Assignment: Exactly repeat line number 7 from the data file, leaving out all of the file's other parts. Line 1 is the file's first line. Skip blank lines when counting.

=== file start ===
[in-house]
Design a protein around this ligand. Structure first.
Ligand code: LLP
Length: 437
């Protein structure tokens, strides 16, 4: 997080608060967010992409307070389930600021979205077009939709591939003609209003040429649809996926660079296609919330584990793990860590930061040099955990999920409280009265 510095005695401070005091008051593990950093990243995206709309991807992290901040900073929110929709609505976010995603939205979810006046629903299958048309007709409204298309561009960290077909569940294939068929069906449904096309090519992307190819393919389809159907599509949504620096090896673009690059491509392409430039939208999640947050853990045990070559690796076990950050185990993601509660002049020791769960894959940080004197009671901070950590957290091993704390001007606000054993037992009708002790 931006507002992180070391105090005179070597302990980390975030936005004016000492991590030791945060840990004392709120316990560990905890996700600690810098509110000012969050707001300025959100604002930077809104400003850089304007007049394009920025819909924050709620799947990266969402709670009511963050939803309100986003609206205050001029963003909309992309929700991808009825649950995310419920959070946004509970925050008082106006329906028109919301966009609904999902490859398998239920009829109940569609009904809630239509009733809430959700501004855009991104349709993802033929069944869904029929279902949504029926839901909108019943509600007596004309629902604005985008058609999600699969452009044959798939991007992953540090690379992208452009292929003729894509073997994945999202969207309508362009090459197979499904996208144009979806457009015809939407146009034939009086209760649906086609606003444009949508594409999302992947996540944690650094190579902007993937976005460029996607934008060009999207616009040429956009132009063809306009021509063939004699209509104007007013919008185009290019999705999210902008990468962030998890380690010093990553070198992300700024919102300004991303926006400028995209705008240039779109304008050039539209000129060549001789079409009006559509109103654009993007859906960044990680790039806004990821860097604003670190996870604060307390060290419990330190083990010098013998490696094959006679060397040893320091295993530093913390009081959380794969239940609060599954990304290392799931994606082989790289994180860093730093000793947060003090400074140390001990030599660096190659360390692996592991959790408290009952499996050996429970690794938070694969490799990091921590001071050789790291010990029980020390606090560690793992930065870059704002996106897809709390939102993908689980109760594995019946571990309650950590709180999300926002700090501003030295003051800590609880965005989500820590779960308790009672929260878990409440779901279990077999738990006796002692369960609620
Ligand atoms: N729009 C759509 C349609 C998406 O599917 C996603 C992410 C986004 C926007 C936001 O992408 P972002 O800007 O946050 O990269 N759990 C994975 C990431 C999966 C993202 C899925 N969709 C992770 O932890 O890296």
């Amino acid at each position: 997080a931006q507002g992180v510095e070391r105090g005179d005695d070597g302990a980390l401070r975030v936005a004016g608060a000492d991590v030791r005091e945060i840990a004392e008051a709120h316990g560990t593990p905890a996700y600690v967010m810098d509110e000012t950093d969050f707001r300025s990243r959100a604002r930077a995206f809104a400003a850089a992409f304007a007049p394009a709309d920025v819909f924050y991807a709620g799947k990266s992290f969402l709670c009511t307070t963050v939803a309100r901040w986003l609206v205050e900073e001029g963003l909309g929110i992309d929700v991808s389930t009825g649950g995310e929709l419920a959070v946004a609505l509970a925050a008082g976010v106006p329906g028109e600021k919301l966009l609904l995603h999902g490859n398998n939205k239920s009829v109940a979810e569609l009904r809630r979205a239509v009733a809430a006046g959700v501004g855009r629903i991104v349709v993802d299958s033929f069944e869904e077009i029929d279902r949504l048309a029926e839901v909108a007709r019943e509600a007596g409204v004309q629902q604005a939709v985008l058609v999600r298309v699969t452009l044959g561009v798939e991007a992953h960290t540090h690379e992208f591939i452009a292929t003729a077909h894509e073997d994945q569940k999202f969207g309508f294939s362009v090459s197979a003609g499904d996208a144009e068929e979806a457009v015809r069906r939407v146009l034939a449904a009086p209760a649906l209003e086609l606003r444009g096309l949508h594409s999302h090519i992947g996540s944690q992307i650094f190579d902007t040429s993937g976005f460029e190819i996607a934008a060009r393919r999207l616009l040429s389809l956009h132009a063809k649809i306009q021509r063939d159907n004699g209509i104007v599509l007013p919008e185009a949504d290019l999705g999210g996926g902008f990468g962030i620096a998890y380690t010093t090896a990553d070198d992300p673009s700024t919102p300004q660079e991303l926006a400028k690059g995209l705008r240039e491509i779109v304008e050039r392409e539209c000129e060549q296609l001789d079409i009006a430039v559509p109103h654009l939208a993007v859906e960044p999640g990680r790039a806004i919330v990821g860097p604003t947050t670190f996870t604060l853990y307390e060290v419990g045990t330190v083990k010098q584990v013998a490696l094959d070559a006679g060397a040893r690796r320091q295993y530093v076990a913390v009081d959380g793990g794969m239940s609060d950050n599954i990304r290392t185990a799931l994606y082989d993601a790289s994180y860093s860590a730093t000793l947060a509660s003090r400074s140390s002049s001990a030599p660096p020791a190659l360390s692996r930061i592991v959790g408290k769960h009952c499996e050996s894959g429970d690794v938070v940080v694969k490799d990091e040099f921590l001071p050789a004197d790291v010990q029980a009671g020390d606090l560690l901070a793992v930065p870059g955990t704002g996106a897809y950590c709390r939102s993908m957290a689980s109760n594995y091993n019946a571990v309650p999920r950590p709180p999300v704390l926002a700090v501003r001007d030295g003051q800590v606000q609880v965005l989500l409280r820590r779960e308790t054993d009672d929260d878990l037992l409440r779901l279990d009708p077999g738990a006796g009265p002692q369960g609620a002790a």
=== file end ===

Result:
């Amino acid at each position: 997080a931006q507002g992180v510095e070391r105090g005179d005695d070597g302990a980390l401070r975030v936005a004016g608060a000492d991590v030791r005091e945060i840990a004392e008051a709120h316990g560990t593990p905890a996700y600690v967010m810098d509110e000012t950093d969050f707001r300025s990243r959100a604002r930077a995206f809104a400003a850089a992409f304007a007049p394009a709309d920025v819909f924050y991807a709620g799947k990266s992290f969402l709670c009511t307070t963050v939803a309100r901040w986003l609206v205050e900073e001029g963003l909309g929110i992309d929700v991808s389930t009825g649950g995310e929709l419920a959070v946004a609505l509970a925050a008082g976010v106006p329906g028109e600021k919301l966009l609904l995603h999902g490859n398998n939205k239920s009829v109940a979810e569609l009904r809630r979205a239509v009733a809430a006046g959700v501004g855009r629903i991104v349709v993802d299958s033929f069944e869904e077009i029929d279902r949504l048309a029926e839901v909108a007709r019943e509600a007596g409204v004309q629902q604005a939709v985008l058609v999600r298309v699969t452009l044959g561009v798939e991007a992953h960290t540090h690379e992208f591939i452009a292929t003729a077909h894509e073997d994945q569940k999202f969207g309508f294939s362009v090459s197979a003609g499904d996208a144009e068929e979806a457009v015809r069906r939407v146009l034939a449904a009086p209760a649906l209003e086609l606003r444009g096309l949508h594409s999302h090519i992947g996540s944690q992307i650094f190579d902007t040429s993937g976005f460029e190819i996607a934008a060009r393919r999207l616009l040429s389809l956009h132009a063809k649809i306009q021509r063939d159907n004699g209509i104007v599509l007013p919008e185009a949504d290019l999705g999210g996926g902008f990468g962030i620096a998890y380690t010093t090896a990553d070198d992300p673009s700024t919102p300004q660079e991303l926006a400028k690059g995209l705008r240039e491509i779109v304008e050039r392409e539209c000129e060549q296609l001789d079409i009006a430039v559509p109103h654009l939208a993007v859906e960044p999640g990680r790039a806004i919330v990821g860097p604003t947050t670190f996870t604060l853990y307390e060290v419990g045990t330190v083990k010098q584990v013998a490696l094959d070559a006679g060397a040893r690796r320091q295993y530093v076990a913390v009081d959380g793990g794969m239940s609060d950050n599954i990304r290392t185990a799931l994606y082989d993601a790289s994180y860093s860590a730093t000793l947060a509660s003090r400074s140390s002049s001990a030599p660096p020791a190659l360390s692996r930061i592991v959790g408290k769960h009952c499996e050996s894959g429970d690794v938070v940080v694969k490799d990091e040099f921590l001071p050789a004197d790291v010990q029980a009671g020390d606090l560690l901070a793992v930065p870059g955990t704002g996106a897809y950590c709390r939102s993908m957290a689980s109760n594995y091993n019946a571990v309650p999920r950590p709180p999300v704390l926002a700090v501003r001007d030295g003051q800590v606000q609880v965005l989500l409280r820590r779960e308790t054993d009672d929260d878990l037992l409440r779901l279990d009708p077999g738990a006796g009265p002692q369960g609620a002790a």